The Life and Death of Sergei Rachmaninov
Written by Ashley Willard on April 6, 2021
Sergei Rachmaninov was an elusive pianist and composer, who created a storm in the music world at the age of 18 with his First Piano Concerto. Born in Russia, 1973, Sergei was endowered with a musical genius and very large hand. He could reach up to 2 piano keys from the top of his thumb to the tip of his little finger, making it extremely hard for other pianists to play his symphonies. Nonetheless, Sergei remains a resounding name in classical music.
His Piano Concerto No. 2 is quoted as one of the greatest compositions ever written. The movie Brief Encounter used it and made the song a household name. It was later picked up by the FM radio as well and topped the charts as America’s most beloved classical music. His Symphony No. 2 in Dresden was dreaded by composers. But it is precisely this level of difficulty that makes Sergei’s work a masterpiece to be pulled off only by the greatest musicians.
Rachmaninov was not well-liked by his contemporary critics and composers, neither for his work nor his personality. Sergei’s cold and aloof disposition set him up for ostracization.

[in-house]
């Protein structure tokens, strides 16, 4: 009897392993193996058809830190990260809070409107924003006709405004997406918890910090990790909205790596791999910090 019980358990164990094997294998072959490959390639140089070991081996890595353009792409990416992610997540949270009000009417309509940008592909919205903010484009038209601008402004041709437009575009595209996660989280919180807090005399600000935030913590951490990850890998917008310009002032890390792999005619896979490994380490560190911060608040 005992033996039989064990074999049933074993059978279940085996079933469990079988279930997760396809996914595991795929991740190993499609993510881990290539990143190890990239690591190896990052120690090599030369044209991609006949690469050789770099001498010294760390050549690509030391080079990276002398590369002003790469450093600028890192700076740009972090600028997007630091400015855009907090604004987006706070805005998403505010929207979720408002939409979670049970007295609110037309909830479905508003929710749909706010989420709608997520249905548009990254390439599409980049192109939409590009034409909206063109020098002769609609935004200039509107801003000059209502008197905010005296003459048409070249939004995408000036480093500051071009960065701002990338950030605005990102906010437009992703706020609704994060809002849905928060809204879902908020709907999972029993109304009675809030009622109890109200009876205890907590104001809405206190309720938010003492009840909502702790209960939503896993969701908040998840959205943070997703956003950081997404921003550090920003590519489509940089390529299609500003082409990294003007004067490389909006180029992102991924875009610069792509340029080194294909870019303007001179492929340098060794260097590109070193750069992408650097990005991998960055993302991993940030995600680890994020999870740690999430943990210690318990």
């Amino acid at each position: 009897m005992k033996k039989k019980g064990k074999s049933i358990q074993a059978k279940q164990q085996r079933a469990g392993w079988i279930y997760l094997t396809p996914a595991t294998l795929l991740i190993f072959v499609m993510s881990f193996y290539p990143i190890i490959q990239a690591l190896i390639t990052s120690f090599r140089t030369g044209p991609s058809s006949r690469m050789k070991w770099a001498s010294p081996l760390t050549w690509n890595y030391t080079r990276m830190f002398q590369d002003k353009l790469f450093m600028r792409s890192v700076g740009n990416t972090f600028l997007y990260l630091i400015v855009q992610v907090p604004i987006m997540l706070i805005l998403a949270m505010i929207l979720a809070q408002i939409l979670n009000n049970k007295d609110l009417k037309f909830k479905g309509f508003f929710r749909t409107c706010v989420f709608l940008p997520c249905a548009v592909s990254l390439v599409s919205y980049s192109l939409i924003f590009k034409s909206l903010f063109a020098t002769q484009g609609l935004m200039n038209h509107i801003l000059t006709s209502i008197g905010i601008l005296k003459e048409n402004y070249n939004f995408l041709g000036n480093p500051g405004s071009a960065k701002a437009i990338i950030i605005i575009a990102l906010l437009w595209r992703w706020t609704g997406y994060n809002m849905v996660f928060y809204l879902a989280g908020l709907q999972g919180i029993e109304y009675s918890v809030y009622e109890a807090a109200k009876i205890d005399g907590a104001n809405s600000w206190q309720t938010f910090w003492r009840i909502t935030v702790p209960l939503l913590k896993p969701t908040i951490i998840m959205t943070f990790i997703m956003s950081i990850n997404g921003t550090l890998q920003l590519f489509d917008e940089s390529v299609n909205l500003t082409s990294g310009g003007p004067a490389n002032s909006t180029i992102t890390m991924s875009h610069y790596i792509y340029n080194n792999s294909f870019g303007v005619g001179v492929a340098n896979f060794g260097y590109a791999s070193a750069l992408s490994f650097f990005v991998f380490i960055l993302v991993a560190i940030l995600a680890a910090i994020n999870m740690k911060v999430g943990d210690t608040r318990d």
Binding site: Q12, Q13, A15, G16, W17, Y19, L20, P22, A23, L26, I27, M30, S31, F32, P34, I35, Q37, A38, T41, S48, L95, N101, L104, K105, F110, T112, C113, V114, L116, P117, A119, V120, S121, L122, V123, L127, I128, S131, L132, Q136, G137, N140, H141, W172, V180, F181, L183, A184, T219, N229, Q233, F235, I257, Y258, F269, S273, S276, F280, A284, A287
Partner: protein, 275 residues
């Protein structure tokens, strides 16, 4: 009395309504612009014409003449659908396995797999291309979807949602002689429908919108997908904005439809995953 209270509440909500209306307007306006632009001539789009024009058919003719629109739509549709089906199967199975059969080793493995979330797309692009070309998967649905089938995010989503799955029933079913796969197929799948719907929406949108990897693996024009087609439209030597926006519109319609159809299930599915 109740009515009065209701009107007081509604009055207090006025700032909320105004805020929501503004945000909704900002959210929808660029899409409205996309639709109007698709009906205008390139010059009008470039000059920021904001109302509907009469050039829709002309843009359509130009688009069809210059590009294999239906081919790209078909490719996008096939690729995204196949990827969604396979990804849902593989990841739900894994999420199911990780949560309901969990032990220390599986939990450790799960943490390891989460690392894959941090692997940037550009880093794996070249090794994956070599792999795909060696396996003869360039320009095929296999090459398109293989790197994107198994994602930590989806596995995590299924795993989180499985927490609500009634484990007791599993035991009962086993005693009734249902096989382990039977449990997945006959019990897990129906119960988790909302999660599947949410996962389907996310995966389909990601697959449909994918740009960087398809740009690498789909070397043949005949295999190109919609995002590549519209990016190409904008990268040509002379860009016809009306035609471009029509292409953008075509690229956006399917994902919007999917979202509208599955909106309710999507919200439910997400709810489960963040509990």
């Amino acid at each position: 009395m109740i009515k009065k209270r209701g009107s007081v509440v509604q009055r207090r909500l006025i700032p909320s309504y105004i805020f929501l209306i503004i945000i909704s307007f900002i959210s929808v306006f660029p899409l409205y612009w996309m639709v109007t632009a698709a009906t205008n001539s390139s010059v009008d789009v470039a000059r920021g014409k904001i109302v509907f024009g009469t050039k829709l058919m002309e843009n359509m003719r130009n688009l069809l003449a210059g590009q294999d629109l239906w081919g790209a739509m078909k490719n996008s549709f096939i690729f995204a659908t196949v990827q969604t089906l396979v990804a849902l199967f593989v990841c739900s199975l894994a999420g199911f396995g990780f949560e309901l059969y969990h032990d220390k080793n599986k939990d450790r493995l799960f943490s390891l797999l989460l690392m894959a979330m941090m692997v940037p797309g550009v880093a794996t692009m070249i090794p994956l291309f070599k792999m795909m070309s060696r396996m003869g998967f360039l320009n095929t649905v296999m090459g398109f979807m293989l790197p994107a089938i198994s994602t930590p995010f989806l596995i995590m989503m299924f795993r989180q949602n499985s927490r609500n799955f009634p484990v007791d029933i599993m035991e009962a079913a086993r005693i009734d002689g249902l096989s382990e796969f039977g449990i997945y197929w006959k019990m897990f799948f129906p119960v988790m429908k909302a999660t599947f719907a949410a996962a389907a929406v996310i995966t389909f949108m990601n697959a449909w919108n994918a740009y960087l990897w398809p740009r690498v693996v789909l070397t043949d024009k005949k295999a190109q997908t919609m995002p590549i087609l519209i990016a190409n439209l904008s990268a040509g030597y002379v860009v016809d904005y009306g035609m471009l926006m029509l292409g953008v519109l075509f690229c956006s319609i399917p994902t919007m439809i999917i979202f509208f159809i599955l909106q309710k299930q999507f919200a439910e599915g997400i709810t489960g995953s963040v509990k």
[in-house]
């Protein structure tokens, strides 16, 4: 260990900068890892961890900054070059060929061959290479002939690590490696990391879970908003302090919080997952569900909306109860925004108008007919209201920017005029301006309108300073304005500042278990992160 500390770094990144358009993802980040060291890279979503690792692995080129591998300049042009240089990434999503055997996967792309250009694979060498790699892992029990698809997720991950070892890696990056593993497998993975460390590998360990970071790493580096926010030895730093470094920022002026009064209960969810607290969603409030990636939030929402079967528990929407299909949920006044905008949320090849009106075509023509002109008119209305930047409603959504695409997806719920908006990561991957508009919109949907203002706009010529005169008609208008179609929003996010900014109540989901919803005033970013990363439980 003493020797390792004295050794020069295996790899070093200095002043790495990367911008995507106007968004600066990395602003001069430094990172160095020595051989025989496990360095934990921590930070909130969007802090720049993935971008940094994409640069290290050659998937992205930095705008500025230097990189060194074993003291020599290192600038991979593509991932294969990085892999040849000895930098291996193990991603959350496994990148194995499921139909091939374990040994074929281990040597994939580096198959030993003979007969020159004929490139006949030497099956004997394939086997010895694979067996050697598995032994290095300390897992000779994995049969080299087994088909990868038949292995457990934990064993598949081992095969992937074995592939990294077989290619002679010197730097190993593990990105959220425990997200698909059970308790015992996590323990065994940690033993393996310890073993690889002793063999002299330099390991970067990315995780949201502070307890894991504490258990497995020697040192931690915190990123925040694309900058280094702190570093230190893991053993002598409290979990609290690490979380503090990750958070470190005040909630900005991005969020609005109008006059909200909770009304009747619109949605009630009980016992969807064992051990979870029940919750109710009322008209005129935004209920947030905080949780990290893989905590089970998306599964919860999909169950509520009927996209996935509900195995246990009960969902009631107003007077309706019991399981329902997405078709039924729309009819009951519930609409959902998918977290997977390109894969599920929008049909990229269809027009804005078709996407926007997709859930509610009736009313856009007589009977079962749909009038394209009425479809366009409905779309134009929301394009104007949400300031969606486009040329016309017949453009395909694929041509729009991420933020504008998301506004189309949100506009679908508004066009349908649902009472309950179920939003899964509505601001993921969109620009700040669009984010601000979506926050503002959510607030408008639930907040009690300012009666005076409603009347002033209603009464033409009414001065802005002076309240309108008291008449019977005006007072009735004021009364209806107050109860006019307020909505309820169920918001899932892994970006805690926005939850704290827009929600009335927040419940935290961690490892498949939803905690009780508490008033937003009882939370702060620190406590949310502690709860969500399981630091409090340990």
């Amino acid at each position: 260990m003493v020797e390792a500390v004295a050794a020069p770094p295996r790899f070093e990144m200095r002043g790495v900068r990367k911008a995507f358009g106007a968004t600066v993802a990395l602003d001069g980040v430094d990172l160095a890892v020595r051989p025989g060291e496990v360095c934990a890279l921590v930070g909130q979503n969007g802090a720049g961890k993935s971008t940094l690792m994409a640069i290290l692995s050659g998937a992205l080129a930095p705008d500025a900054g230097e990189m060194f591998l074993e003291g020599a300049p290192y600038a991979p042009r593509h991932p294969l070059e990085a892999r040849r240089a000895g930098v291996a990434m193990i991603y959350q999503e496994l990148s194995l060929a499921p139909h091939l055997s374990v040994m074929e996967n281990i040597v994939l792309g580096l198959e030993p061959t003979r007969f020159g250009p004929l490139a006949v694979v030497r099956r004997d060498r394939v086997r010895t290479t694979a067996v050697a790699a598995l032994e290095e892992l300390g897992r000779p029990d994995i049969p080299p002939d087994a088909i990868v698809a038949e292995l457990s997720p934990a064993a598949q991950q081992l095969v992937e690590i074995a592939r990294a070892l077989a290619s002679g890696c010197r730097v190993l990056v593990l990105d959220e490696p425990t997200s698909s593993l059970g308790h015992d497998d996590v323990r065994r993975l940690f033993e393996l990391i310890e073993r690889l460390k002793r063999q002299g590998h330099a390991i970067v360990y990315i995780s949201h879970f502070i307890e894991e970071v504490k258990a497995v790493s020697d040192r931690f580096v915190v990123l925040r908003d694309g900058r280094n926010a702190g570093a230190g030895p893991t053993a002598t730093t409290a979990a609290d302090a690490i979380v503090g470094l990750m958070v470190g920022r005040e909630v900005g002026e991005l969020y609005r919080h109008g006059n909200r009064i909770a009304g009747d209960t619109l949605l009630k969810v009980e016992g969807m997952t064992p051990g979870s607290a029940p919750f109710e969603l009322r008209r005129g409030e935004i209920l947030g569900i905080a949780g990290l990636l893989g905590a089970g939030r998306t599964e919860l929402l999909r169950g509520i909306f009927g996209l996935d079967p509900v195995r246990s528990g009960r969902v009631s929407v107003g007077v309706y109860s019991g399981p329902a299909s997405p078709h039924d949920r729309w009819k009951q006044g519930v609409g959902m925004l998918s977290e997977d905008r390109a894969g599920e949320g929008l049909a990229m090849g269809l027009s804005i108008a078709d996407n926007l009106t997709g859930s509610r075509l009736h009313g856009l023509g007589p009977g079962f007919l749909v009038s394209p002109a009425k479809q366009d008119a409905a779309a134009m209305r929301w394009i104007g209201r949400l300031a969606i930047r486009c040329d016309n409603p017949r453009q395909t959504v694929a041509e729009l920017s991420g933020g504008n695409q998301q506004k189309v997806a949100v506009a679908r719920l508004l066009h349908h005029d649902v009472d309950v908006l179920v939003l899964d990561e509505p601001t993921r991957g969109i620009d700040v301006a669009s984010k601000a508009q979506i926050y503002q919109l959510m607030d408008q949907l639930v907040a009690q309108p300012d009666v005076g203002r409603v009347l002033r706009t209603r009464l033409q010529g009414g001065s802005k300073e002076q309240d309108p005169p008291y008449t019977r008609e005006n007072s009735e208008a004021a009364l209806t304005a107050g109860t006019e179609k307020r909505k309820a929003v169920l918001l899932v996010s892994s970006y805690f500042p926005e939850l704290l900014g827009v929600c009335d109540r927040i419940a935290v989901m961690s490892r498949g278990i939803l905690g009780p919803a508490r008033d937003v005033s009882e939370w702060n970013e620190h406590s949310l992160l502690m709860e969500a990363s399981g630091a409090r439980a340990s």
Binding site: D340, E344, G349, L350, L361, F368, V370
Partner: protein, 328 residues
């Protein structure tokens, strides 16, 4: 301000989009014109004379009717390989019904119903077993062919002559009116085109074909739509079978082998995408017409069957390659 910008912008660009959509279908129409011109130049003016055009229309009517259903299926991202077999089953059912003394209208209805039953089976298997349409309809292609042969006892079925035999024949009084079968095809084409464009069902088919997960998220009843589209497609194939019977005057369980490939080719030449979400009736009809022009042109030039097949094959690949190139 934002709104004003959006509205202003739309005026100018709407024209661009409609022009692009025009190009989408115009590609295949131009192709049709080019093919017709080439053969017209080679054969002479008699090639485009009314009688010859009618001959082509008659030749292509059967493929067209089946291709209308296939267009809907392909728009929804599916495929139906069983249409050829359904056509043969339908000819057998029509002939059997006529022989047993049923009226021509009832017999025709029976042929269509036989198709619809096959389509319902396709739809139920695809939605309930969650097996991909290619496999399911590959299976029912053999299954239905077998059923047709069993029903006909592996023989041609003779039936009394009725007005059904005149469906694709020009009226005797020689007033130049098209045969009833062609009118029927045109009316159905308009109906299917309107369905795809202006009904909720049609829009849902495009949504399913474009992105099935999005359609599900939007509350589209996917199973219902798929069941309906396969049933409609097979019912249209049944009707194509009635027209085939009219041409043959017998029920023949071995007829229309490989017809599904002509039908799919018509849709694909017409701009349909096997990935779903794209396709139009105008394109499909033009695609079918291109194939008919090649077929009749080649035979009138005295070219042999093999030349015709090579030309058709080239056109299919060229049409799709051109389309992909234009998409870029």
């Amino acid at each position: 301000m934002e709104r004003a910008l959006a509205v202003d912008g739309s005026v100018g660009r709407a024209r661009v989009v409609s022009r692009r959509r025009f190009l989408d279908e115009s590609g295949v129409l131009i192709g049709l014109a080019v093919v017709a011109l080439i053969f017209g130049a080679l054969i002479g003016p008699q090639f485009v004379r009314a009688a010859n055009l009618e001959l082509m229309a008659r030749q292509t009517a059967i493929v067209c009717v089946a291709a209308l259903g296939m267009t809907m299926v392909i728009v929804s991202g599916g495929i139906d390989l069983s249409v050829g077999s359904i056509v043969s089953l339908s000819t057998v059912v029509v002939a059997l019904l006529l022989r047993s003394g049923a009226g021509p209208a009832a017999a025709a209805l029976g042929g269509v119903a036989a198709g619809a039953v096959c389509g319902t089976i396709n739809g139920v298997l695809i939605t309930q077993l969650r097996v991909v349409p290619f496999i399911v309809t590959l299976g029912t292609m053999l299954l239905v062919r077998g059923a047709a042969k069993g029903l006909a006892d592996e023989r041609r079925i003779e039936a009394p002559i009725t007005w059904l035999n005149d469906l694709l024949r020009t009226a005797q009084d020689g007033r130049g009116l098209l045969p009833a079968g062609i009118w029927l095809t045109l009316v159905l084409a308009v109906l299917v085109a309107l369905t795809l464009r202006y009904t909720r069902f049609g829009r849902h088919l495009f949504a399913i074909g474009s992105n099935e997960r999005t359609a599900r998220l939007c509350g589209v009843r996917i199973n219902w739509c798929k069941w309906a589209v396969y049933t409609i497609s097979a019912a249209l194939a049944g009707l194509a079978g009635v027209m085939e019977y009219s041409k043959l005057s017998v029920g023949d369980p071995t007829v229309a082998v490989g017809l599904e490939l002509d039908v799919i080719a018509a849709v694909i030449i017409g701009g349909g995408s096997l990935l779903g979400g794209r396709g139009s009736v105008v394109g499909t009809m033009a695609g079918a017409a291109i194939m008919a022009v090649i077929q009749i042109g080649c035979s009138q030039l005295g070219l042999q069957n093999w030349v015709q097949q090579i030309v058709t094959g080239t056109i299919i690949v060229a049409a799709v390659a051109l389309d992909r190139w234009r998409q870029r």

They claimed that his work would soon be forgotten. However, history proved them otherwise. Nonetheless, he remained an unstoppable force and composed great pieces including the Cello Sonata, the Second Suite for Two Pianos, the First Symphony, the Second Piano Concerto, and so on. Criticism on the First Symphony sent him hurling into depression, and he had to get hypnosis treatment to land back on his feet.
His personal life also caused quite a stir in Russia. He married his first cousin Natalya, despite that being illegal in the country at that time. They had a daughter together named Irene.
He was not only a master composer but also a phenomenal conductor. The Bolshoi Theatre appointed him the Principal Conductor in 1904. When he left Russia in 1917 and arrived in America, he found himself in great demand. Orchestras and concerts overtook his life, with composing delegated to be reserved for the summer months. By 1923, he had made enough money to fully recreate his Russian house in Los Angeles. Leaving Russia, however, came at a price. He felt lost, and slowly found himself unable to compose. He tried to befriend Russians and revive his desire but to no avail. Between 1929-1931, he moved to France. There he found his lost art again. He bought a house in Switzerland and stayed there till 1939 with his daughter. There he composed his Rhapsody on a Theme of Paganini in 1934 and Symphony No. 3 in 1936.
Rachmaninov died of melanoma on 28th March 1943. He had moved back to the US and had spent his final years recording his symphonies with the Philadelphia Academy of Music. He lived a life in pursuit of musical excellence and passed away four days before his 70th birthday.